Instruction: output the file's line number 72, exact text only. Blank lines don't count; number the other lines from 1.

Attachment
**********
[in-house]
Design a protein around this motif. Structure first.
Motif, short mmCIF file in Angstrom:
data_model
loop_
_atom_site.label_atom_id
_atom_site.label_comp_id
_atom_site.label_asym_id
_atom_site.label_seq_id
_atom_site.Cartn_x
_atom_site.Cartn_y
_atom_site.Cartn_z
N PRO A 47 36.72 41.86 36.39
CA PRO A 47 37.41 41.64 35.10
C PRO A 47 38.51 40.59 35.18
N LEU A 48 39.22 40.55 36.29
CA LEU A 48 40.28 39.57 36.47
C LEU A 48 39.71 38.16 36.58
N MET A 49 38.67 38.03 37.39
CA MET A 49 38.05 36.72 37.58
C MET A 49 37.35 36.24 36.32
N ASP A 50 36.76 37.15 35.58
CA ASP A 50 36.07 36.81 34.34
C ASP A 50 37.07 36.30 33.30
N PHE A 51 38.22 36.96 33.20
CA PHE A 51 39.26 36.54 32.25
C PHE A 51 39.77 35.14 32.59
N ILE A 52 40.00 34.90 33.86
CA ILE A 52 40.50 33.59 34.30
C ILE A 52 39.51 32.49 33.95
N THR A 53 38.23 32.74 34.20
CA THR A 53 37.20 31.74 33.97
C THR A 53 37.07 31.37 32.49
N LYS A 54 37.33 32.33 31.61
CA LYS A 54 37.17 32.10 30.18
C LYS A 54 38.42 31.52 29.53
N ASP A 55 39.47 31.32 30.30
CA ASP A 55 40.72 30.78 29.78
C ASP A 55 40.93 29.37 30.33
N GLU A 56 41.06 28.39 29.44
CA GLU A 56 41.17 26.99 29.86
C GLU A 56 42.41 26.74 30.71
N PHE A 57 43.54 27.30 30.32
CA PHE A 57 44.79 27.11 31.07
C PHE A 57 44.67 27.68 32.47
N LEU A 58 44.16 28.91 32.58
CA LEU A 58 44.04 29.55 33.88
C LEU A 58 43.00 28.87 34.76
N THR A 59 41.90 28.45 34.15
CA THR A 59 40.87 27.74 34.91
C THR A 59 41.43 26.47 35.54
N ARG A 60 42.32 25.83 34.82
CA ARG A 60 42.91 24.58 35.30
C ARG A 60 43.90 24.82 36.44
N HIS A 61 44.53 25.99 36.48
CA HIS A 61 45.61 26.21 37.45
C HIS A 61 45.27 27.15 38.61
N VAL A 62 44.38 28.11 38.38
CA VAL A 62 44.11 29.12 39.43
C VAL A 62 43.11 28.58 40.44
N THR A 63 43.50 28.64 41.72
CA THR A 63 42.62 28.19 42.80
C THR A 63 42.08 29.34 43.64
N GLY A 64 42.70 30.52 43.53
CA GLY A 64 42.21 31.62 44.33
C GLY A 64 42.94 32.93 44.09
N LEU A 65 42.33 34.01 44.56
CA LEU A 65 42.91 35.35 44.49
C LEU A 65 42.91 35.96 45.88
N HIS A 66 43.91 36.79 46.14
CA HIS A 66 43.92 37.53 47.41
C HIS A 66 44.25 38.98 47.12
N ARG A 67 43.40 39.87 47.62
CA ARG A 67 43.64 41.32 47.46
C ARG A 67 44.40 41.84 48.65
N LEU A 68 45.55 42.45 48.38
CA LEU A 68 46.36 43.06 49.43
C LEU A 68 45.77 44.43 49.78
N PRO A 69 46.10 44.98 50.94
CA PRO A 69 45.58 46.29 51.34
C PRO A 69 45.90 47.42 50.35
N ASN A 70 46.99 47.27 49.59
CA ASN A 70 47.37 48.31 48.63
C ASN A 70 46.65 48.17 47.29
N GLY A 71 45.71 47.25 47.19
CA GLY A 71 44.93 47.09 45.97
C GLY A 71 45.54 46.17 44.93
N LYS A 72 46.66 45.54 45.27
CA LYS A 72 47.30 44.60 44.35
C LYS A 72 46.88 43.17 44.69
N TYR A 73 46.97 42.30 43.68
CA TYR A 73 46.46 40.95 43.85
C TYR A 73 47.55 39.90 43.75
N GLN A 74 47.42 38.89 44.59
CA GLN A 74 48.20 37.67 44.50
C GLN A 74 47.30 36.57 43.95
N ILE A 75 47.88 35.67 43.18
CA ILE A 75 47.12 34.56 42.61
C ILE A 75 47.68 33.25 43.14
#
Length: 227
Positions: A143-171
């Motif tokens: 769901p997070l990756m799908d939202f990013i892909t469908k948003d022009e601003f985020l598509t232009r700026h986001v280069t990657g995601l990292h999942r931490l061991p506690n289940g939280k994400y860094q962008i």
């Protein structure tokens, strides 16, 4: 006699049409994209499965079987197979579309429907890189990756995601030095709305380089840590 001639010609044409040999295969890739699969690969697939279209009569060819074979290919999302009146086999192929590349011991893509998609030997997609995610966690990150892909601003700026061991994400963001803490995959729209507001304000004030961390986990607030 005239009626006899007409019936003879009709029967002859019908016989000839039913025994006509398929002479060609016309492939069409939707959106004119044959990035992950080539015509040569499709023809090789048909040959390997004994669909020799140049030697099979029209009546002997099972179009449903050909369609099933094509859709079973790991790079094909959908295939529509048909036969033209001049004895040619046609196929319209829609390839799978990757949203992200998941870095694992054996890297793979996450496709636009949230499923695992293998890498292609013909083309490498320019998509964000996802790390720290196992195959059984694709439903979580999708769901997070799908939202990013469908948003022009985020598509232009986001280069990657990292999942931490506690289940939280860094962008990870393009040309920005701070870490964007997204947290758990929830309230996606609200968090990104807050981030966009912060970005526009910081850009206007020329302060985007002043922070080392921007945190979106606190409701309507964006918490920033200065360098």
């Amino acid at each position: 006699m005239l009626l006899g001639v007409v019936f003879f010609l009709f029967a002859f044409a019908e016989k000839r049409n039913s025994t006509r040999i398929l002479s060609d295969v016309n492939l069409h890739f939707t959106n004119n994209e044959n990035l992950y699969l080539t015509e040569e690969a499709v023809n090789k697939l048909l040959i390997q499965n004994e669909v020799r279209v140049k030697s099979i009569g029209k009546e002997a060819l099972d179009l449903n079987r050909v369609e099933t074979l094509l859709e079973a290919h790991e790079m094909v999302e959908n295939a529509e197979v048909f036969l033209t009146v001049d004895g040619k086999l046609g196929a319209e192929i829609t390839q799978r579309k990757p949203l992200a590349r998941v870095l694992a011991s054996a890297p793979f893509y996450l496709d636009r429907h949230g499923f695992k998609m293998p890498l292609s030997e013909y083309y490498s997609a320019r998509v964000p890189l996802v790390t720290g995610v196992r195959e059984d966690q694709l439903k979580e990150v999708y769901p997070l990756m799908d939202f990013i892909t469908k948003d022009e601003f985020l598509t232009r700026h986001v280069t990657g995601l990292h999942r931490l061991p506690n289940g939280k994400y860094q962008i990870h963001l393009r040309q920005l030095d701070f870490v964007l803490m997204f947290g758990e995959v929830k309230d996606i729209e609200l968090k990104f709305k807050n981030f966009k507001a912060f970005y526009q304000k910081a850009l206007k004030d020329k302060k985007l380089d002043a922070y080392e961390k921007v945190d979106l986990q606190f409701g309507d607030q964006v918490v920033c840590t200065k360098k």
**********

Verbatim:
C HIS A 66 44.25 38.98 47.12